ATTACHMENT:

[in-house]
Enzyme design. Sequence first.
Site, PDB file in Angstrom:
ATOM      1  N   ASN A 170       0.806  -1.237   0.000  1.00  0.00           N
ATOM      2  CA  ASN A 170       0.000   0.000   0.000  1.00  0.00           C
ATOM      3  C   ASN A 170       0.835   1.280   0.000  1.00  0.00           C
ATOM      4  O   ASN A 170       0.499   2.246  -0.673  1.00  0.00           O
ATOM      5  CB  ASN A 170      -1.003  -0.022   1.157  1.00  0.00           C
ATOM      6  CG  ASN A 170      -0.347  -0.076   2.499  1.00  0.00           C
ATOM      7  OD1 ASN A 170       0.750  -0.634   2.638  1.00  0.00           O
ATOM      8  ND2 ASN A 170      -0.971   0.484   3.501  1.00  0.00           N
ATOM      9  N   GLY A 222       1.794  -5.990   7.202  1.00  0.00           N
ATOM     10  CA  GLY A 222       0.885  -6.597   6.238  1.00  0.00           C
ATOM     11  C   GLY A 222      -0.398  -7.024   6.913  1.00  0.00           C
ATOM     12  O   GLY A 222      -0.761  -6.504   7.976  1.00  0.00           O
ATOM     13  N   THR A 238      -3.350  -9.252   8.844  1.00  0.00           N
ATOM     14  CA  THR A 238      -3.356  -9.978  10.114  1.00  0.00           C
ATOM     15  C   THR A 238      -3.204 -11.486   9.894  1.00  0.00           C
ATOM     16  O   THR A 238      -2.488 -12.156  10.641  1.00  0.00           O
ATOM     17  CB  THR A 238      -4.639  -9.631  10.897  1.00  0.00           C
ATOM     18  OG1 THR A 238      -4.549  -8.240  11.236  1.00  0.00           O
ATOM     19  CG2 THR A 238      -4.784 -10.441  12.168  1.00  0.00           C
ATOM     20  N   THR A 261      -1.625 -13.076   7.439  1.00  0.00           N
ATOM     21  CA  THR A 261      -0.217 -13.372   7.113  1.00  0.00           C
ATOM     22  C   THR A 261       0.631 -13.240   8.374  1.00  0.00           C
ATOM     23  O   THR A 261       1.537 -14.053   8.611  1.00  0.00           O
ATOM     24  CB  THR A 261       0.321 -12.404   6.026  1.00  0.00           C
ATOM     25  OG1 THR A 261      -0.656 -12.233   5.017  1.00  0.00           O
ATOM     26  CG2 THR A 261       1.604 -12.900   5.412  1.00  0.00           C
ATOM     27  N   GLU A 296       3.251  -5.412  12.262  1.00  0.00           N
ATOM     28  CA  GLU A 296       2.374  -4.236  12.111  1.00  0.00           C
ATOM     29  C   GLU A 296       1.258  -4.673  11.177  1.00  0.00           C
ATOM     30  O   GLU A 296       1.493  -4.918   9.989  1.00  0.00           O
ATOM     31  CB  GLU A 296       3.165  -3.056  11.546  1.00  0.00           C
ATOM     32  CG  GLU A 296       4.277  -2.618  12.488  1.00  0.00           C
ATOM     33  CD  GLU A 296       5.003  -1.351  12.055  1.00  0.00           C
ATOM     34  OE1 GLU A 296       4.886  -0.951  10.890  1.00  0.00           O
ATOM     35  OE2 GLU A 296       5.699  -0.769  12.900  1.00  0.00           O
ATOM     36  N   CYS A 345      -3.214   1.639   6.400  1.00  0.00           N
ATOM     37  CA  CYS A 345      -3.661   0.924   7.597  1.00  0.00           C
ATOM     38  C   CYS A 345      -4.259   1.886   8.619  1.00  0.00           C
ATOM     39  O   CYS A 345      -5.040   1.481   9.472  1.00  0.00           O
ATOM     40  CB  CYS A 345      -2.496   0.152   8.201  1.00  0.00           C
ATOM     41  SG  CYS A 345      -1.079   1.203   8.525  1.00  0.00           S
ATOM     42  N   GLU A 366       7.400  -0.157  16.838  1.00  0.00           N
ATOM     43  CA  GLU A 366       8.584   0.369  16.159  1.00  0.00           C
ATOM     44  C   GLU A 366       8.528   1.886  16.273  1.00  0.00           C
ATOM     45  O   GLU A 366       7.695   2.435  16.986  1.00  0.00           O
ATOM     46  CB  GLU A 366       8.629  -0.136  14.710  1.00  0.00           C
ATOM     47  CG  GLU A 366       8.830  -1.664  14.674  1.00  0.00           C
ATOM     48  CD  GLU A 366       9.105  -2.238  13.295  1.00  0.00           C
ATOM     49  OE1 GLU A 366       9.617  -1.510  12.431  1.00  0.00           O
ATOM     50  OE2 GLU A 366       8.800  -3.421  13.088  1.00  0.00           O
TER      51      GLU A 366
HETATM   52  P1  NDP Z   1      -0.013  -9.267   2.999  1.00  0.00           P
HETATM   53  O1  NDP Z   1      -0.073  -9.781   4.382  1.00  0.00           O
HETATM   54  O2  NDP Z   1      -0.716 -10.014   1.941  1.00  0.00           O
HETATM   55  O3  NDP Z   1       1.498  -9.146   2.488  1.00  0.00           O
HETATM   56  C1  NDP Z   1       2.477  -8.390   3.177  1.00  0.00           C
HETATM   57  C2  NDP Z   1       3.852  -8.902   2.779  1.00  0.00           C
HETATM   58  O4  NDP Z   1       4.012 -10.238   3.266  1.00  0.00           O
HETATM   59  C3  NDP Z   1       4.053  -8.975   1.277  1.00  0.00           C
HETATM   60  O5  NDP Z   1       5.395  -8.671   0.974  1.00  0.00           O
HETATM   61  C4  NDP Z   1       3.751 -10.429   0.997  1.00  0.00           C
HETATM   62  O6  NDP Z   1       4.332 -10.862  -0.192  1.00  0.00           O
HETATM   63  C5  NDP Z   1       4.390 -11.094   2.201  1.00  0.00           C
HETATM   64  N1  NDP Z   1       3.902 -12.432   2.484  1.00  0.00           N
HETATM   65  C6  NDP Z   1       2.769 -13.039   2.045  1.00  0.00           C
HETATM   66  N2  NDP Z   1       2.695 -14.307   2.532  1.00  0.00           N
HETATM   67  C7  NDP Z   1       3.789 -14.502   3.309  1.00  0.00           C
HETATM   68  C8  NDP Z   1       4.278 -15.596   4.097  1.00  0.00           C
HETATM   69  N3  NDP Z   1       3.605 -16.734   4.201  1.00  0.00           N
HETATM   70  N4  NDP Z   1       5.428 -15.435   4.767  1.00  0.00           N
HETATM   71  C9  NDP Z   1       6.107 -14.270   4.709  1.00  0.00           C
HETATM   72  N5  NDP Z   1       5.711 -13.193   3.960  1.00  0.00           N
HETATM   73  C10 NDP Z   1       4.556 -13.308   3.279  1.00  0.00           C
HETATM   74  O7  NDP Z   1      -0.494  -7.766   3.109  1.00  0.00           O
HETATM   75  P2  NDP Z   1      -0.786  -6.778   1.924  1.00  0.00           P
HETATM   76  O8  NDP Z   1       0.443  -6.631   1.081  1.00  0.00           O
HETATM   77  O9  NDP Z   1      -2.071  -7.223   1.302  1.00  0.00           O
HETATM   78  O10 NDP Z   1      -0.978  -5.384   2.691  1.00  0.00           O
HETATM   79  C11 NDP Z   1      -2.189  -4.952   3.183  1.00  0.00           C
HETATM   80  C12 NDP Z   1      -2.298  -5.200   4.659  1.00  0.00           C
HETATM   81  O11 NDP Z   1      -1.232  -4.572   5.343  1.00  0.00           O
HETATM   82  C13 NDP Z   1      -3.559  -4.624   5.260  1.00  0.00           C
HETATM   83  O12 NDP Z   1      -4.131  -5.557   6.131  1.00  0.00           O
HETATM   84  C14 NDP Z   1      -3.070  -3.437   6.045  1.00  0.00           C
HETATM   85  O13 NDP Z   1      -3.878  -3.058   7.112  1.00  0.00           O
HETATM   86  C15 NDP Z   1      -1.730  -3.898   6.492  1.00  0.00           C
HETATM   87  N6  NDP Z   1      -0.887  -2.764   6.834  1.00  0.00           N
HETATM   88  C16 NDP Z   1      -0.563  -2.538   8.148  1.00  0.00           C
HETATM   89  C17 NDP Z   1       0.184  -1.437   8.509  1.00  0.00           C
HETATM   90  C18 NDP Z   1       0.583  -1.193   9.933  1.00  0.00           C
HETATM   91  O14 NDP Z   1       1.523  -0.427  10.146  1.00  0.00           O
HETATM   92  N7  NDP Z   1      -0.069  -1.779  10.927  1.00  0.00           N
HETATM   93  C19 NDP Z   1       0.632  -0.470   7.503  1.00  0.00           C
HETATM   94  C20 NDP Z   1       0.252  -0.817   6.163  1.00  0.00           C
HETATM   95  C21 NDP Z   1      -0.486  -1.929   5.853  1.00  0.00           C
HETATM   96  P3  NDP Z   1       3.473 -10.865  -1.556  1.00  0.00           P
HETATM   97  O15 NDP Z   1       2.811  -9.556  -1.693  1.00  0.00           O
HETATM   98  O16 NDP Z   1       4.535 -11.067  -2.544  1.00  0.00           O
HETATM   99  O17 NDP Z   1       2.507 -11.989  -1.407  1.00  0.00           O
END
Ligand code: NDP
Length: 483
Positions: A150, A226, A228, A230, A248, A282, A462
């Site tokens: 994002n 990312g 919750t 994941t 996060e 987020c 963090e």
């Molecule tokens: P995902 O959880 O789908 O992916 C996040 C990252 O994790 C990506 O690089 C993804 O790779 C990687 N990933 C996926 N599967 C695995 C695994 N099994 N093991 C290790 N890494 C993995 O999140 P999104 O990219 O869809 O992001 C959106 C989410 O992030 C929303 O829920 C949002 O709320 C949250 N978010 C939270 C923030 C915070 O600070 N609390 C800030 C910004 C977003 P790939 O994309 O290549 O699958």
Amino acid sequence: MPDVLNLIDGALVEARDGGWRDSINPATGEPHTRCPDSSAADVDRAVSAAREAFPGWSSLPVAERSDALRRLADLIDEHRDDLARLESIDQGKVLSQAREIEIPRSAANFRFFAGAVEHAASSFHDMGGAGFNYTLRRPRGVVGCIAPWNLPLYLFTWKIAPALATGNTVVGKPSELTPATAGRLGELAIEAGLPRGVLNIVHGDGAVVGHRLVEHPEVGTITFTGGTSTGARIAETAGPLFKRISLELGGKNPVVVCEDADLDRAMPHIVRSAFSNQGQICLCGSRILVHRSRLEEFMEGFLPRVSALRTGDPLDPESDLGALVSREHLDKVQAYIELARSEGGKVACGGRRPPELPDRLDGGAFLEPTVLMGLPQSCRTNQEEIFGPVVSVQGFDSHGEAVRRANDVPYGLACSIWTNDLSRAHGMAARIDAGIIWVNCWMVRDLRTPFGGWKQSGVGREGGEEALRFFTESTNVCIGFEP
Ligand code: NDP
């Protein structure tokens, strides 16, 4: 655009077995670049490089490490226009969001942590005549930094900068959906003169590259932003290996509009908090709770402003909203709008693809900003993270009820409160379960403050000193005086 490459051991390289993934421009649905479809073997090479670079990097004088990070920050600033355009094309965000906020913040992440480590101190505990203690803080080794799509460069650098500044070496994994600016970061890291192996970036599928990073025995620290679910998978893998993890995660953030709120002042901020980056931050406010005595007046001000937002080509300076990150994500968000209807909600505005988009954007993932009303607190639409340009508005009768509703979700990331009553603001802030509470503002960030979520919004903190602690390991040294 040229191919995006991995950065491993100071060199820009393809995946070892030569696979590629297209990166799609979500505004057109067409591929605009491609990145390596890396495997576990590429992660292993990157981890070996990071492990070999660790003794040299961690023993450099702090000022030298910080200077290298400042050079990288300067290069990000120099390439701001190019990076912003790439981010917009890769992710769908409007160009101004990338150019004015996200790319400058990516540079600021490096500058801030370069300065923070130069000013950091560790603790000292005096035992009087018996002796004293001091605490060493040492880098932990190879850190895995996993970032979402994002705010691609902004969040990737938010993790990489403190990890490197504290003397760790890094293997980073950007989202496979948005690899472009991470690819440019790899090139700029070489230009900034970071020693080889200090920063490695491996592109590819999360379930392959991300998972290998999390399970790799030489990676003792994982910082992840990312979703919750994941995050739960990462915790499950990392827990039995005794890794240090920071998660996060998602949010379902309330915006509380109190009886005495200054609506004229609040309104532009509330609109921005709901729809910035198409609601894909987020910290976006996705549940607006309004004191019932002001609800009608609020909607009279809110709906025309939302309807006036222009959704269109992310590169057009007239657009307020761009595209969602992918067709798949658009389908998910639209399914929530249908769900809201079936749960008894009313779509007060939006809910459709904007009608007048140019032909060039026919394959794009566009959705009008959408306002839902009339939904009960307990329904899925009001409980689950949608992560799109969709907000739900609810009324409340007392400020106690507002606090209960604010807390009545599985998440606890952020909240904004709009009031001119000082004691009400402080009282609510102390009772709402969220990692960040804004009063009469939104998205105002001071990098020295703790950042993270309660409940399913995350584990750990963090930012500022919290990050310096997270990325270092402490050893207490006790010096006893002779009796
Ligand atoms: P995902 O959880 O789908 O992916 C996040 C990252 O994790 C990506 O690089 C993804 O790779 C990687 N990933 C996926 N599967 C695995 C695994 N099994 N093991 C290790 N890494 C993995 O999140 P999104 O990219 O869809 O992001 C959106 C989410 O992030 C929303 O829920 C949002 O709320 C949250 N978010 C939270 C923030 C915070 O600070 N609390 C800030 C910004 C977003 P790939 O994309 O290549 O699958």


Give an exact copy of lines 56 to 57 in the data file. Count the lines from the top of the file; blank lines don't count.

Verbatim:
HETATM   53  O1  NDP Z   1      -0.073  -9.781   4.382  1.00  0.00           O
HETATM   54  O2  NDP Z   1      -0.716 -10.014   1.941  1.00  0.00           O